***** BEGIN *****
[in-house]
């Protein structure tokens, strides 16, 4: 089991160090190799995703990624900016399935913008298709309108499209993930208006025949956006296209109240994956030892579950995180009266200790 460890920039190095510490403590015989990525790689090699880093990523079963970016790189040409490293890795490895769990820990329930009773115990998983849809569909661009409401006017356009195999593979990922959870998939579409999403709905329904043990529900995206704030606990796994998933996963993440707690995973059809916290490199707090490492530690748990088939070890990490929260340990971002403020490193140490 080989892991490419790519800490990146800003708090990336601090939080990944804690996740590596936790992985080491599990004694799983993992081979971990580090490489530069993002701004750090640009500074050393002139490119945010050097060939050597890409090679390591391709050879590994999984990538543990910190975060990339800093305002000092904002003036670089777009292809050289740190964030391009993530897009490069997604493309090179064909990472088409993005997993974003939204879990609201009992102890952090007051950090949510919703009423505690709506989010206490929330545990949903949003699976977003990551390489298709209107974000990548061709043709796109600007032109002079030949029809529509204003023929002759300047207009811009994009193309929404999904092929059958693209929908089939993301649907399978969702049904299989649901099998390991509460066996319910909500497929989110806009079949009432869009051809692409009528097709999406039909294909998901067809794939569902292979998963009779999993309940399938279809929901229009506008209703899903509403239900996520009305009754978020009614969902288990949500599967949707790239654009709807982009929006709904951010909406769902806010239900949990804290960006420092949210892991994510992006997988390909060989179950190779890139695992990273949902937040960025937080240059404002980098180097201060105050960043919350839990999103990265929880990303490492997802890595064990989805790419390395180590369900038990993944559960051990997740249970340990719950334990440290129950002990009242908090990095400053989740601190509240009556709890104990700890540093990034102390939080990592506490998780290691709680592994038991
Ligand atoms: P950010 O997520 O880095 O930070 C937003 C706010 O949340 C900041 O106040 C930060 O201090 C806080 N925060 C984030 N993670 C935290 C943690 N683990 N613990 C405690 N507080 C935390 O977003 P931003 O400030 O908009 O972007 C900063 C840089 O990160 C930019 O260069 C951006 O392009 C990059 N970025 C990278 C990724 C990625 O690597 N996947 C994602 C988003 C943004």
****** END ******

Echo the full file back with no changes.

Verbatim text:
[in-house]
């Protein structure tokens, strides 16, 4: 089991160090190799995703990624900016399935913008298709309108499209993930208006025949956006296209109240994956030892579950995180009266200790 460890920039190095510490403590015989990525790689090699880093990523079963970016790189040409490293890795490895769990820990329930009773115990998983849809569909661009409401006017356009195999593979990922959870998939579409999403709905329904043990529900995206704030606990796994998933996963993440707690995973059809916290490199707090490492530690748990088939070890990490929260340990971002403020490193140490 080989892991490419790519800490990146800003708090990336601090939080990944804690996740590596936790992985080491599990004694799983993992081979971990580090490489530069993002701004750090640009500074050393002139490119945010050097060939050597890409090679390591391709050879590994999984990538543990910190975060990339800093305002000092904002003036670089777009292809050289740190964030391009993530897009490069997604493309090179064909990472088409993005997993974003939204879990609201009992102890952090007051950090949510919703009423505690709506989010206490929330545990949903949003699976977003990551390489298709209107974000990548061709043709796109600007032109002079030949029809529509204003023929002759300047207009811009994009193309929404999904092929059958693209929908089939993301649907399978969702049904299989649901099998390991509460066996319910909500497929989110806009079949009432869009051809692409009528097709999406039909294909998901067809794939569902292979998963009779999993309940399938279809929901229009506008209703899903509403239900996520009305009754978020009614969902288990949500599967949707790239654009709807982009929006709904951010909406769902806010239900949990804290960006420092949210892991994510992006997988390909060989179950190779890139695992990273949902937040960025937080240059404002980098180097201060105050960043919350839990999103990265929880990303490492997802890595064990989805790419390395180590369900038990993944559960051990997740249970340990719950334990440290129950002990009242908090990095400053989740601190509240009556709890104990700890540093990034102390939080990592506490998780290691709680592994038991
Ligand atoms: P950010 O997520 O880095 O930070 C937003 C706010 O949340 C900041 O106040 C930060 O201090 C806080 N925060 C984030 N993670 C935290 C943690 N683990 N613990 C405690 N507080 C935390 O977003 P931003 O400030 O908009 O972007 C900063 C840089 O990160 C930019 O260069 C951006 O392009 C990059 N970025 C990278 C990724 C990625 O690597 N996947 C994602 C988003 C943004």